While Pastor Myers maintains that church members and worshipers don’t need to worry about priests being replaced by machines, one could argue that a robot viewed by society as an emotional and intellectual equal might pass as a stand-in.
But let’s take it one step further, into the realm of the singularity — the notion that once AGI is achieved, a “runaway reaction” might occur in which the computer begins to self-update at a blinding rate, instantaneously becoming so advanced that we can no longer comprehend its power.
Since computer technology is so much faster and more scalable than biological matter, futurists like Ray Kurzweil have said that a self-improving computer will likely become exponentially advanced enough to lead to “technological change so rapid and profound it represents a rupture in the fabric of human history.”
If that were the case, could AI become so advanced that it might appear to be God-like, all-knowing and omnipresent? Is God just a computer that’s yet to be invented?
“This is an easy one: Yes,” says Syers. “I’m reminded of Arthur C. Clarke’s famous quote, ‘Any sufficiently advanced technology is indistinguishable from magic.’”
He offers a few possible scenarios:
- For one, ASI could be equally intelligent but much faster, eclipsing our present ability to process information, allowing it to instantaneously process and store tremendous amounts of data.
- Alternatively, ASI might be unfathomably more intelligent than humans, possessing the ability to arrive at solutions to problems that are intractable given our current brainpower as a species.
- ASI might also be a combination of all these things.
In any case, it’s easy to see how a robot — or Skynet-like conglomeration of many robots — might embody all the qualities of an all-knowing Creator.
Syers, though, believes there’s a huge “but” regarding our potential to see super-intelligent robots as a race of God-like creatures. “As computer capabilities are increasing, people’s abilities to normalize those capabilities (i.e., not be surprised by, in awe of, etc.) are keeping pace. So as computer capabilities increase, and even various aspects of artificial intelligence are achieved, our society may continue to nod our heads, say ‘cool,’ shrug our shoulders and ask when the next advancement is coming.”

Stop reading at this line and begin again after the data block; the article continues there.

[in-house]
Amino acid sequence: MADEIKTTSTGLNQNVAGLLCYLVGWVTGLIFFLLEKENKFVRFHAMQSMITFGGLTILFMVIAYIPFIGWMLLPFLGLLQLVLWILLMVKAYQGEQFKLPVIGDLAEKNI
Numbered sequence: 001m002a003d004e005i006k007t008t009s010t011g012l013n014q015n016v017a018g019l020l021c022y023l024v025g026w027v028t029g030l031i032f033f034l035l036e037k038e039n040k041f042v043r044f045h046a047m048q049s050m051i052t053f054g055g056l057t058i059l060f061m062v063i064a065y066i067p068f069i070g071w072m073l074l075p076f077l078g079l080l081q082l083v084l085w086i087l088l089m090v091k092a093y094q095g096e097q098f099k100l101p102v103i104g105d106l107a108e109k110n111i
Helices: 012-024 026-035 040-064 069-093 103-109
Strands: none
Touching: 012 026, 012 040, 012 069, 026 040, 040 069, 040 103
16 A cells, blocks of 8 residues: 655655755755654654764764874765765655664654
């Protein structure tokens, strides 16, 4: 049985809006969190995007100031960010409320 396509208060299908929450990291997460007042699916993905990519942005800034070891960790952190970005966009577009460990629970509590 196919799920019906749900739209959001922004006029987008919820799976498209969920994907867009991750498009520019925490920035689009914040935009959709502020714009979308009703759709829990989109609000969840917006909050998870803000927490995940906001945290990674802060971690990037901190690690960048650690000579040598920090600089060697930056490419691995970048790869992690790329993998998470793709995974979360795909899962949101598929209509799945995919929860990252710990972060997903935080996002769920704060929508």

He has a point. If you were to show an iPhone to someone from the mid-1980s, their head would explode. At that point, voice-activation software and self-driving cars were still in the realm of science fiction (See: Knight Rider). Today, we get upset over a sluggish iOS update.
Back in Germany, BlessU-2 continues to spit out benedictions, but will never come close to higher-order thinking, much less arrive at an empathic thought. In fact, despite the rapid advancement in AI and machine learning in the past decade, Syers doesn’t think that AGI will be developed for several generations.
That said, tech and spirituality have always overlapped to some degree. The pyramids and other Egyptian monuments like the Sphinx were erected using the most innovative technology the world had seen at the time, and the Reformation BlessU-2 was created to mark what was only possible with the help of the printing press, which had been developed only decades earlier. Similarly, Kerry Egan, a hospice chaplain with a master’s in divinity from Harvard University, believes that technologies like video chat can improve people’s spiritual lives today.
Egan recently wrote On Living, a memoir about her experiences helping people come to terms with their own mortality. Over the phone, she tells me about the first time she was able to set up a Skype call between a woman on her deathbed and her grandchildren. “That might not seem like a big deal to us, but to the person who is dying without the ability to get out [of the nursing home], giving them the ability to talk and see their grandchildren over the computer was revolutionary,” Egan says. “Any technology that helps people maintain, strengthen or grow their relationships with the people they love is going to be a great boon to their spirituality.”
And that’s the real blessing.